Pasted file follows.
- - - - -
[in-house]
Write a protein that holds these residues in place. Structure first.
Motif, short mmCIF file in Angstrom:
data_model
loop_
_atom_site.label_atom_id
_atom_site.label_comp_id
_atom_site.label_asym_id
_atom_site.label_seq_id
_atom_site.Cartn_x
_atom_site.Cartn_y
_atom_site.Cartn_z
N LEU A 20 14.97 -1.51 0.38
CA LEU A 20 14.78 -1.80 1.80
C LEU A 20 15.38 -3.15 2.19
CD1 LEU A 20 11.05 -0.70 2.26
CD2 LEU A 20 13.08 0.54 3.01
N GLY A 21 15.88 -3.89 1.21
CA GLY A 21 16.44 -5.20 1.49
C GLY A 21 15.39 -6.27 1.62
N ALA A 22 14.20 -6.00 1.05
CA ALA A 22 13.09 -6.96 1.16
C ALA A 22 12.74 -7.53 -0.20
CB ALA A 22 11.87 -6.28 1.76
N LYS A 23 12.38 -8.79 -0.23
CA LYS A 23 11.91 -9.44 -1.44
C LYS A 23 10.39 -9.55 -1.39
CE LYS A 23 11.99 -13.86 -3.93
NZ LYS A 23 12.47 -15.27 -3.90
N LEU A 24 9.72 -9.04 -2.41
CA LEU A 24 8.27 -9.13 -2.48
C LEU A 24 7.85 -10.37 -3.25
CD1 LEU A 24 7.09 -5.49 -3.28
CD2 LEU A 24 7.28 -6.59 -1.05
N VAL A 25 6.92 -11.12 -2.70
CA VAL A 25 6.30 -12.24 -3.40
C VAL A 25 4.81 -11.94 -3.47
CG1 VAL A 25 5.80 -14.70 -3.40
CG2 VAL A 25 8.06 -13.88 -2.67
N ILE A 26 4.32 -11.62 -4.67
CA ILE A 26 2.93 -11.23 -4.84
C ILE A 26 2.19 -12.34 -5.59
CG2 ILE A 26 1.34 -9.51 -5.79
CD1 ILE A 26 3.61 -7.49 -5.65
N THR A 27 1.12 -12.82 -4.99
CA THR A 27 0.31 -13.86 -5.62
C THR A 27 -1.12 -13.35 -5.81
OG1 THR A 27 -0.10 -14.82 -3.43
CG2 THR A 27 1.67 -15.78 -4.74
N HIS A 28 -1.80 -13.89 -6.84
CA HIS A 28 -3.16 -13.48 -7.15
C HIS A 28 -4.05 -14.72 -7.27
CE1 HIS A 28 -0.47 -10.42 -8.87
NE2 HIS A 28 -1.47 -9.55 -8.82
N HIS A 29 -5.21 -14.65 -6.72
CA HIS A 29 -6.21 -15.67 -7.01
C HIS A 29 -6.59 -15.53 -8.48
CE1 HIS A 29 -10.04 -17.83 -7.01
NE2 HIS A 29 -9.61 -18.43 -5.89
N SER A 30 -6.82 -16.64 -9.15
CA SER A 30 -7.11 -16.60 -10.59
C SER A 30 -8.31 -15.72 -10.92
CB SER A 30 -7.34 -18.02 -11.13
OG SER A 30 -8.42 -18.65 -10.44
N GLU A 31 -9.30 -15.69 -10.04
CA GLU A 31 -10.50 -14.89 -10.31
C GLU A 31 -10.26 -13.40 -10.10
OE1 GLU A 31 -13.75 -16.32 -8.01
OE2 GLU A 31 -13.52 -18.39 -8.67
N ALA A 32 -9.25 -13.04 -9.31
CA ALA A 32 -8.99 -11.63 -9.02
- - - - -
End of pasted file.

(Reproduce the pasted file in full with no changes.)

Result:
[in-house]
Write a protein that holds these residues in place. Structure first.
Motif, short mmCIF file in Angstrom:
data_model
loop_
_atom_site.label_atom_id
_atom_site.label_comp_id
_atom_site.label_asym_id
_atom_site.label_seq_id
_atom_site.Cartn_x
_atom_site.Cartn_y
_atom_site.Cartn_z
N LEU A 20 14.97 -1.51 0.38
CA LEU A 20 14.78 -1.80 1.80
C LEU A 20 15.38 -3.15 2.19
CD1 LEU A 20 11.05 -0.70 2.26
CD2 LEU A 20 13.08 0.54 3.01
N GLY A 21 15.88 -3.89 1.21
CA GLY A 21 16.44 -5.20 1.49
C GLY A 21 15.39 -6.27 1.62
N ALA A 22 14.20 -6.00 1.05
CA ALA A 22 13.09 -6.96 1.16
C ALA A 22 12.74 -7.53 -0.20
CB ALA A 22 11.87 -6.28 1.76
N LYS A 23 12.38 -8.79 -0.23
CA LYS A 23 11.91 -9.44 -1.44
C LYS A 23 10.39 -9.55 -1.39
CE LYS A 23 11.99 -13.86 -3.93
NZ LYS A 23 12.47 -15.27 -3.90
N LEU A 24 9.72 -9.04 -2.41
CA LEU A 24 8.27 -9.13 -2.48
C LEU A 24 7.85 -10.37 -3.25
CD1 LEU A 24 7.09 -5.49 -3.28
CD2 LEU A 24 7.28 -6.59 -1.05
N VAL A 25 6.92 -11.12 -2.70
CA VAL A 25 6.30 -12.24 -3.40
C VAL A 25 4.81 -11.94 -3.47
CG1 VAL A 25 5.80 -14.70 -3.40
CG2 VAL A 25 8.06 -13.88 -2.67
N ILE A 26 4.32 -11.62 -4.67
CA ILE A 26 2.93 -11.23 -4.84
C ILE A 26 2.19 -12.34 -5.59
CG2 ILE A 26 1.34 -9.51 -5.79
CD1 ILE A 26 3.61 -7.49 -5.65
N THR A 27 1.12 -12.82 -4.99
CA THR A 27 0.31 -13.86 -5.62
C THR A 27 -1.12 -13.35 -5.81
OG1 THR A 27 -0.10 -14.82 -3.43
CG2 THR A 27 1.67 -15.78 -4.74
N HIS A 28 -1.80 -13.89 -6.84
CA HIS A 28 -3.16 -13.48 -7.15
C HIS A 28 -4.05 -14.72 -7.27
CE1 HIS A 28 -0.47 -10.42 -8.87
NE2 HIS A 28 -1.47 -9.55 -8.82
N HIS A 29 -5.21 -14.65 -6.72
CA HIS A 29 -6.21 -15.67 -7.01
C HIS A 29 -6.59 -15.53 -8.48
CE1 HIS A 29 -10.04 -17.83 -7.01
NE2 HIS A 29 -9.61 -18.43 -5.89
N SER A 30 -6.82 -16.64 -9.15
CA SER A 30 -7.11 -16.60 -10.59
C SER A 30 -8.31 -15.72 -10.92
CB SER A 30 -7.34 -18.02 -11.13
OG SER A 30 -8.42 -18.65 -10.44
N GLU A 31 -9.30 -15.69 -10.04
CA GLU A 31 -10.50 -14.89 -10.31
C GLU A 31 -10.26 -13.40 -10.10
OE1 GLU A 31 -13.75 -16.32 -8.01
OE2 GLU A 31 -13.52 -18.39 -8.67
N ALA A 32 -9.25 -13.04 -9.31
CA ALA A 32 -8.99 -11.63 -9.02